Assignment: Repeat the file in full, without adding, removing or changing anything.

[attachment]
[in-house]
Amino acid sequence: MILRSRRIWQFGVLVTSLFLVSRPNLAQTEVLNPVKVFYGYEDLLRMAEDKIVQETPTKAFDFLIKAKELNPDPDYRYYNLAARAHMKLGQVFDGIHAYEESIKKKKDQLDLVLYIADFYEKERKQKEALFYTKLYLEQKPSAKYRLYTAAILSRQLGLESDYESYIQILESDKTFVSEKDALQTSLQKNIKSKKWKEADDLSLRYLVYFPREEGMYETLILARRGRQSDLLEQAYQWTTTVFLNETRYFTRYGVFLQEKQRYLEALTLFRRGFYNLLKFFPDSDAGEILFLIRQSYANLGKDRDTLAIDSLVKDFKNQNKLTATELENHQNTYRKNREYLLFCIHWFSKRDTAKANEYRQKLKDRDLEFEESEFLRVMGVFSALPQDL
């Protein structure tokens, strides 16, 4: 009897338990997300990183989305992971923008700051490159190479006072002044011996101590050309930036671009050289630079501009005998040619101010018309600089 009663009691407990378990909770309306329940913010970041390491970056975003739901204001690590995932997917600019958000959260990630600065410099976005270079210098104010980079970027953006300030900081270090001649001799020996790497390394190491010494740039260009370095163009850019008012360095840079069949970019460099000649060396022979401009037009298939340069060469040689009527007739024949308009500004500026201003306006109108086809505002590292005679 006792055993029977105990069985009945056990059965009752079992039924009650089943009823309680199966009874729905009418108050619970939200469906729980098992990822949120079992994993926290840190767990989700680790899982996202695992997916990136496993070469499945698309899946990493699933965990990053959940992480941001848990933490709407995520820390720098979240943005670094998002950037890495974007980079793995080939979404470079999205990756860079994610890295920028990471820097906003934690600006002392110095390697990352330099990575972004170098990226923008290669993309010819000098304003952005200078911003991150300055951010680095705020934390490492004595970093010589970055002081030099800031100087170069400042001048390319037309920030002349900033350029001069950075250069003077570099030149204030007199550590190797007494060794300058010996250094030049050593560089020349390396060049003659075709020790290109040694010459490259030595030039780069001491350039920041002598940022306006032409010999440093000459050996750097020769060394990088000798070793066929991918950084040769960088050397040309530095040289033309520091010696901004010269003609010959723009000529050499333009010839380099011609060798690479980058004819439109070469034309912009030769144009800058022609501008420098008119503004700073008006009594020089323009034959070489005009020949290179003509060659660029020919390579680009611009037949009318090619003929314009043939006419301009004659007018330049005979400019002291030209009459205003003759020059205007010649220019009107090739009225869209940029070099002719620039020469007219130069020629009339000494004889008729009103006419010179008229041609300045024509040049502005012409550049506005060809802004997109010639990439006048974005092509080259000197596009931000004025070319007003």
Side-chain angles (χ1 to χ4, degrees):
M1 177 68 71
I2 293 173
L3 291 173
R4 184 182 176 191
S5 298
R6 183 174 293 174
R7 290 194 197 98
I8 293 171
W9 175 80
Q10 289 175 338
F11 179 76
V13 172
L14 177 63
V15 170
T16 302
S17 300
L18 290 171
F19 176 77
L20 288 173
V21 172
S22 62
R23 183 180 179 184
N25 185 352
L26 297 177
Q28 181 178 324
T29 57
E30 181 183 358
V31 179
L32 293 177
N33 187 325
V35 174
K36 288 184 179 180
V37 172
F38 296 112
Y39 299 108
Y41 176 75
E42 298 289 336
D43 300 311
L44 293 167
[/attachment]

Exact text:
[in-house]
Amino acid sequence: MILRSRRIWQFGVLVTSLFLVSRPNLAQTEVLNPVKVFYGYEDLLRMAEDKIVQETPTKAFDFLIKAKELNPDPDYRYYNLAARAHMKLGQVFDGIHAYEESIKKKKDQLDLVLYIADFYEKERKQKEALFYTKLYLEQKPSAKYRLYTAAILSRQLGLESDYESYIQILESDKTFVSEKDALQTSLQKNIKSKKWKEADDLSLRYLVYFPREEGMYETLILARRGRQSDLLEQAYQWTTTVFLNETRYFTRYGVFLQEKQRYLEALTLFRRGFYNLLKFFPDSDAGEILFLIRQSYANLGKDRDTLAIDSLVKDFKNQNKLTATELENHQNTYRKNREYLLFCIHWFSKRDTAKANEYRQKLKDRDLEFEESEFLRVMGVFSALPQDL
């Protein structure tokens, strides 16, 4: 009897338990997300990183989305992971923008700051490159190479006072002044011996101590050309930036671009050289630079501009005998040619101010018309600089 009663009691407990378990909770309306329940913010970041390491970056975003739901204001690590995932997917600019958000959260990630600065410099976005270079210098104010980079970027953006300030900081270090001649001799020996790497390394190491010494740039260009370095163009850019008012360095840079069949970019460099000649060396022979401009037009298939340069060469040689009527007739024949308009500004500026201003306006109108086809505002590292005679 006792055993029977105990069985009945056990059965009752079992039924009650089943009823309680199966009874729905009418108050619970939200469906729980098992990822949120079992994993926290840190767990989700680790899982996202695992997916990136496993070469499945698309899946990493699933965990990053959940992480941001848990933490709407995520820390720098979240943005670094998002950037890495974007980079793995080939979404470079999205990756860079994610890295920028990471820097906003934690600006002392110095390697990352330099990575972004170098990226923008290669993309010819000098304003952005200078911003991150300055951010680095705020934390490492004595970093010589970055002081030099800031100087170069400042001048390319037309920030002349900033350029001069950075250069003077570099030149204030007199550590190797007494060794300058010996250094030049050593560089020349390396060049003659075709020790290109040694010459490259030595030039780069001491350039920041002598940022306006032409010999440093000459050996750097020769060394990088000798070793066929991918950084040769960088050397040309530095040289033309520091010696901004010269003609010959723009000529050499333009010839380099011609060798690479980058004819439109070469034309912009030769144009800058022609501008420098008119503004700073008006009594020089323009034959070489005009020949290179003509060659660029020919390579680009611009037949009318090619003929314009043939006419301009004659007018330049005979400019002291030209009459205003003759020059205007010649220019009107090739009225869209940029070099002719620039020469007219130069020629009339000494004889008729009103006419010179008229041609300045024509040049502005012409550049506005060809802004997109010639990439006048974005092509080259000197596009931000004025070319007003």
Side-chain angles (χ1 to χ4, degrees):
M1 177 68 71
I2 293 173
L3 291 173
R4 184 182 176 191
S5 298
R6 183 174 293 174
R7 290 194 197 98
I8 293 171
W9 175 80
Q10 289 175 338
F11 179 76
V13 172
L14 177 63
V15 170
T16 302
S17 300
L18 290 171
F19 176 77
L20 288 173
V21 172
S22 62
R23 183 180 179 184
N25 185 352
L26 297 177
Q28 181 178 324
T29 57
E30 181 183 358
V31 179
L32 293 177
N33 187 325
V35 174
K36 288 184 179 180
V37 172
F38 296 112
Y39 299 108
Y41 176 75
E42 298 289 336
D43 300 311
L44 293 167